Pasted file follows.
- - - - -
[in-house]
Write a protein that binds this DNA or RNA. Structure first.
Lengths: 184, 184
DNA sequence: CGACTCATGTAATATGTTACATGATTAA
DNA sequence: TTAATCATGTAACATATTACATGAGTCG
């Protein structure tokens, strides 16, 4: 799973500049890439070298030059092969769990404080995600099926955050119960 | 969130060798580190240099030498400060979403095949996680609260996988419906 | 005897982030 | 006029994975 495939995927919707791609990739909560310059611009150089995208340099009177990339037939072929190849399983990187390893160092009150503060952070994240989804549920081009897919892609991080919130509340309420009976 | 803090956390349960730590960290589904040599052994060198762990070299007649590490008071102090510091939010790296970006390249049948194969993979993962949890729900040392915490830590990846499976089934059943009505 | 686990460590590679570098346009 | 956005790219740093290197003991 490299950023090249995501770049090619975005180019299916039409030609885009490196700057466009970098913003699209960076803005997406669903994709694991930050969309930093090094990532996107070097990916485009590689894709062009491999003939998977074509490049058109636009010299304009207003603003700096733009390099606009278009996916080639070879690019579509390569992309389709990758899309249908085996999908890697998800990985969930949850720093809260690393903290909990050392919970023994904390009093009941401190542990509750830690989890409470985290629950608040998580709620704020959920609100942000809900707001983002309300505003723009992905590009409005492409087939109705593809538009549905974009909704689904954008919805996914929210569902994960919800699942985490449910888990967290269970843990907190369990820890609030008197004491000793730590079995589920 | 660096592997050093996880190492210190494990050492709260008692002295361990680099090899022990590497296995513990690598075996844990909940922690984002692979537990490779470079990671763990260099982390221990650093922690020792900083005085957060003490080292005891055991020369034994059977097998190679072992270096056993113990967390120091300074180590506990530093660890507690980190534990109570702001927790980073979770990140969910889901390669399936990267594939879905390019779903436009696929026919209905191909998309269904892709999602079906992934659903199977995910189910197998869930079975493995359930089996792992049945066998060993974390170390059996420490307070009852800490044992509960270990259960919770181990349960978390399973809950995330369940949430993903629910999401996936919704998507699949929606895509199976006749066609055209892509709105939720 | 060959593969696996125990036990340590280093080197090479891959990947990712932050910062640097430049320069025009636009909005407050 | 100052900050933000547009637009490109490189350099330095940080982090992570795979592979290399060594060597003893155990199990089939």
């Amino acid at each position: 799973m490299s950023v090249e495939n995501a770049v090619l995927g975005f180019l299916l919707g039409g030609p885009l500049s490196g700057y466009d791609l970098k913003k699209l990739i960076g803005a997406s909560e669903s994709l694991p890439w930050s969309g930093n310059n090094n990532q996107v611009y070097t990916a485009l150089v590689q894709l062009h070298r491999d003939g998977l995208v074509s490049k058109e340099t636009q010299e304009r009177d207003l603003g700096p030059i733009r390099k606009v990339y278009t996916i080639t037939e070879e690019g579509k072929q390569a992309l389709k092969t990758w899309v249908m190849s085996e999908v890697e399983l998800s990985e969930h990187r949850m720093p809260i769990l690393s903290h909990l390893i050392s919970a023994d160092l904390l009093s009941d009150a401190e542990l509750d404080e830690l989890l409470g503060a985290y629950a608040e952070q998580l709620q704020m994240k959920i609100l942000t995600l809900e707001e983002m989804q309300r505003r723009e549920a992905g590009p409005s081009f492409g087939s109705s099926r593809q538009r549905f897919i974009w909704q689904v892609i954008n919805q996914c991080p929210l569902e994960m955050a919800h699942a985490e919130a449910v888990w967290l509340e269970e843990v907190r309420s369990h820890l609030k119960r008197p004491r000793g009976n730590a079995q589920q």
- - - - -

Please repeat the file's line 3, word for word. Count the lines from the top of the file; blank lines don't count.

Lengths: 184, 184